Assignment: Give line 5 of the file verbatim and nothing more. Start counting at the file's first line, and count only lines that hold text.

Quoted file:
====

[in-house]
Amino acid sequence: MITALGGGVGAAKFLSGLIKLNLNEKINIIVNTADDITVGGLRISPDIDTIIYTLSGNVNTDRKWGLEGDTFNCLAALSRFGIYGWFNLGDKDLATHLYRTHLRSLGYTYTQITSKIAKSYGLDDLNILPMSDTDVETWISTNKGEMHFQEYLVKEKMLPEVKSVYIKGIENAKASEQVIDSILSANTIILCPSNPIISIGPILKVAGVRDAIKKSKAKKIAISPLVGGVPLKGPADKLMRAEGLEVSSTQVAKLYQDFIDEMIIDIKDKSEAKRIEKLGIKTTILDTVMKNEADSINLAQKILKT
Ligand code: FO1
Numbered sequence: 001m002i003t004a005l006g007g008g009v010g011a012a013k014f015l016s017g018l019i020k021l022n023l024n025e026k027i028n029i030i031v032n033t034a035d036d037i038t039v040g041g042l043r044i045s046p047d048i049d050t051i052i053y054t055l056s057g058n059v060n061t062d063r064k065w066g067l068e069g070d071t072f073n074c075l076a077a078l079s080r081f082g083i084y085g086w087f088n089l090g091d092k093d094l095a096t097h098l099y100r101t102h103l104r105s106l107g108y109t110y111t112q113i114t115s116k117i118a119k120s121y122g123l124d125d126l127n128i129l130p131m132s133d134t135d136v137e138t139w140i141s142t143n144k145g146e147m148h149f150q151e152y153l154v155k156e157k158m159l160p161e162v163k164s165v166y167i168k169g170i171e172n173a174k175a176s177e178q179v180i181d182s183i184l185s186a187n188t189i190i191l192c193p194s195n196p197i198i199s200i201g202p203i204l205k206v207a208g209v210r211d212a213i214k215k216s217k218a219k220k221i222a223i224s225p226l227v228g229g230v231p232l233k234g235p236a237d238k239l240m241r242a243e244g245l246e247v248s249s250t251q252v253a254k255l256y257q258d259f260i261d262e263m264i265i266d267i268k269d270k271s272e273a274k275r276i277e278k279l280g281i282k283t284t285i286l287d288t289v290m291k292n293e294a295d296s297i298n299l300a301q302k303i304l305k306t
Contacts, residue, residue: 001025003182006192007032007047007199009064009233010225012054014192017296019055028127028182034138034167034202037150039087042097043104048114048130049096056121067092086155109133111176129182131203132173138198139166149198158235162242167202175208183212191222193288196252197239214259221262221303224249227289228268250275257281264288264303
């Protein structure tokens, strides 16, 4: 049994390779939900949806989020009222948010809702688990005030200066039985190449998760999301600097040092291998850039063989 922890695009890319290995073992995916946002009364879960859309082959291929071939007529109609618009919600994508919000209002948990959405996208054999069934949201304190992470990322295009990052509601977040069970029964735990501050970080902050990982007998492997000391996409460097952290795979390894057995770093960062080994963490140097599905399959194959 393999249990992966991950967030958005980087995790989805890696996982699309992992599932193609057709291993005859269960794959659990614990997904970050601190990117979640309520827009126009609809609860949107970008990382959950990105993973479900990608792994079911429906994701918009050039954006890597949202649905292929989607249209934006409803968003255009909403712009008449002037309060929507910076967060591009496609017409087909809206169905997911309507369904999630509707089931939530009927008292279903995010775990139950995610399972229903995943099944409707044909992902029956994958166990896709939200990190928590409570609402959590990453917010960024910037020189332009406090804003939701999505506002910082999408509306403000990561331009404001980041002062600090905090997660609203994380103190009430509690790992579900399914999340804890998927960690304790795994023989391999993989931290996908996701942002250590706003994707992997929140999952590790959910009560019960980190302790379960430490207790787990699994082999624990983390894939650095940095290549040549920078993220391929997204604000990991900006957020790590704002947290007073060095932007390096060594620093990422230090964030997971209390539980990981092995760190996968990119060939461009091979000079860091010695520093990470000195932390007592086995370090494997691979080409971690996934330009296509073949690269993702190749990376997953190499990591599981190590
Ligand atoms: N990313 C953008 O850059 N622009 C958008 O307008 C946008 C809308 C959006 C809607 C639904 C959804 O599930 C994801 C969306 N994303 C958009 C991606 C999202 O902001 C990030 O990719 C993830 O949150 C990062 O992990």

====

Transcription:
Contacts, residue, residue: 001025003182006192007032007047007199009064009233010225012054014192017296019055028127028182034138034167034202037150039087042097043104048114048130049096056121067092086155109133111176129182131203132173138198139166149198158235162242167202175208183212191222193288196252197239214259221262221303224249227289228268250275257281264288264303